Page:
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One of the most delicate ethical dimensions surrounding the issue of freedom deprivation is the quality of healthcare in penitentiaries. In many countries throughout the world, this sector of healthcare has been going through certain changes aimed at ensuring that those deprived of freedom could enjoy standard medical aid. This initiative deserves to be lauded, but it does not take into account the enormity of prison realities. Ignoring distinctions between results of inmates and regular hospital patients in the prison medical staff being exposed to labyrinthine ethical dilemmas. Conventional wisdom has it that it is practically impossible to provide prisoners with healthcare services that are equipollent to those enjoyed by people at large. There is nothing unusual about it, because physical and mental health problems are not a rarity in penitentiary facilities, while the budget of prison infirmaries often leaves much to be desired (Liebling & Maruna, 2005). Similarly, prison doctors find it hard to explain the raison d'?tre behind their prescribing expensive methods of cure to inmates in state’s custody. Furthermore, the range of available treatment modes is limited due to the inability of prison medical staff to administer or monitor a particular treatment under the existing circumstances. Rendering first aid to the inmates, prison doctors often encounter situations when patients should be delegated to the specialist in a particular sphere of medicine, but the penitentiary does not have the wherewithal to send them for treatment beyond its boundaries.

Autonomy of the prison patients to choose treatment is yet another ethical issue associated with the quality of healthcare in penitentiary facilities. National healthcare systems in a number of countries enable regular patients to control their doctors, but inmates are bereft of such a freedom (Amos, 2006). The choice of a doctor is of key importance for those with psychological disorders or disruptions. In theory, there are ample grounds to suggest that those deprived of freedom should be entitled to consult at least one more specialist about their diagnosis. In practice, even prisoners of conscience convicted to psychiatric confinement rarely enjoy this privilege (Wilson & Forrester, 2002). Trying to explicate the divorce between theory and praxis would be tantamount to belaboring the obvious. Therefore, those in charge of penitentiary systems guide themselves by financial, rather than ethical, considerations. There are plenty of other problems inherent in the autonomy of those deprived of freedom to choose treatment. Despite the fact that it behooves doctors to respect a patient’s conscious rejection of medical aid, there is a paucity of research into the autonomy of inmates to decide whether or not to assent to treatment. By the same token, it is incumbent on everybody involved to respect the decision of a legally capable adult inmate to balk at taking a medicine, even if this could lead to the lethal outcome (Amos, 2006). The bottom line is that doctors should not bring pressure to bear on prison inmates in a bid to wring consent to treatment from them, because this compromises their autonomy. At the same time, a clutch of specialists abominates the very idea of doctors condoning this behavior, arguing that conniving at the death of inmates is unethical in itself (Wilson & Forrester, 2002).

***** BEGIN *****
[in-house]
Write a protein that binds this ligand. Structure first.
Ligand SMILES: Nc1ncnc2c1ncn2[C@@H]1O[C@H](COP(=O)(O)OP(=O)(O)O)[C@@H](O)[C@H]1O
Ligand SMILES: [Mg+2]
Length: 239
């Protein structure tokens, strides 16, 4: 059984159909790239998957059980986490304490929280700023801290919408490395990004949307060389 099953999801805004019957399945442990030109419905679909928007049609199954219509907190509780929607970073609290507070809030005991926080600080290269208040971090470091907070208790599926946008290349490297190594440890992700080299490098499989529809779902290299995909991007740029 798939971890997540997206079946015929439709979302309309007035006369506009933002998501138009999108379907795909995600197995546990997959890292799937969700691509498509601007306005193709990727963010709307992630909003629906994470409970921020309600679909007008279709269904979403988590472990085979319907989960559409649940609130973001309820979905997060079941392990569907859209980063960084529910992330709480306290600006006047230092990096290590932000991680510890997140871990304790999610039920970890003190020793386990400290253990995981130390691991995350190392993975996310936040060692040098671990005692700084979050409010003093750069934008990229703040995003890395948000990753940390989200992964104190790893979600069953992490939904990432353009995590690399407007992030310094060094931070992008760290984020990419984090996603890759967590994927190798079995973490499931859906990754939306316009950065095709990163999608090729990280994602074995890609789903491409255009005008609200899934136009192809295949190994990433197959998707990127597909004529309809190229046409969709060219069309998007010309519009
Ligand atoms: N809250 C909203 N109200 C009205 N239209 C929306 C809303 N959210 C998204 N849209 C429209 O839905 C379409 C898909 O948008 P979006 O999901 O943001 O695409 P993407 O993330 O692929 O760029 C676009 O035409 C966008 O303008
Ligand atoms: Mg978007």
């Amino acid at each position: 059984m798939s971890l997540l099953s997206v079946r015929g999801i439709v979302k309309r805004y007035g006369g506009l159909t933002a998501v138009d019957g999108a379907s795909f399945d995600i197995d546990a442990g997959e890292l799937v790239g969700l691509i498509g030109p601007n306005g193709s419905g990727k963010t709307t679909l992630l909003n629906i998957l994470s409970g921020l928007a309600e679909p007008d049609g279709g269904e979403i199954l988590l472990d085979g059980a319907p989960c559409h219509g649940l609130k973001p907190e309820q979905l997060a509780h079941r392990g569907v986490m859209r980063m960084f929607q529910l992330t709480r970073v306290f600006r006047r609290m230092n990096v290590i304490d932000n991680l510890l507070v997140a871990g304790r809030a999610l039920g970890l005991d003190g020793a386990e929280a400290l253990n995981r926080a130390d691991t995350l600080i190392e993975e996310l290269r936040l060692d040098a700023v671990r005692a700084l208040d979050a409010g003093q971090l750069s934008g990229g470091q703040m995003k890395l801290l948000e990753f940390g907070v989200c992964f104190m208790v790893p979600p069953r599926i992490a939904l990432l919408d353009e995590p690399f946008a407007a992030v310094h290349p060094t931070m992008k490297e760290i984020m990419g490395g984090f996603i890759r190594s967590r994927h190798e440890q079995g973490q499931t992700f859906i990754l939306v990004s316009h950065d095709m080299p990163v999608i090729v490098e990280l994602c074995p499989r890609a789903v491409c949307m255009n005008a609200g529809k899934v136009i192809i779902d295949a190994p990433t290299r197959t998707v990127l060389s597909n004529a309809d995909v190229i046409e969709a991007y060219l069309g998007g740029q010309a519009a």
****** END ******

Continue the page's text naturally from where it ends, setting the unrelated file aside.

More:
Forced disappearance of people under arrest and extrajudicial executions constitute another nettlesome ethical issue surrounding the deprivation of freedom. This problem usually occurs in a different context than that explained in the previous paragraphs. Extrajudicial execution is a proper appanage of almost all third world countries racked by the internal conflicts. In a bid to forestall these two negative phenomena, it is imperative that the identities of those deprived of freedom should be ascertained and their cases kept under continuous monitoring (Colvin et al., 2009). To this end, a battery of measures, including tracking of the missing detainee’s whereabouts, must be taken. Once the whereabouts has been established, another problem crops up. Indeed, gaining entr?e into the place of detention often poses a formidable challenge both to the relatives of those deprived of freedom and special-purpose international organizations that investigate such cases, like the International Committee of the Red Cross. By and large, the problem of visiting an inmate is replete with ethical considerations not only in case of the conflict-ridden countries, but also in case of states that enjoy the trappings of a full-blooded democracy.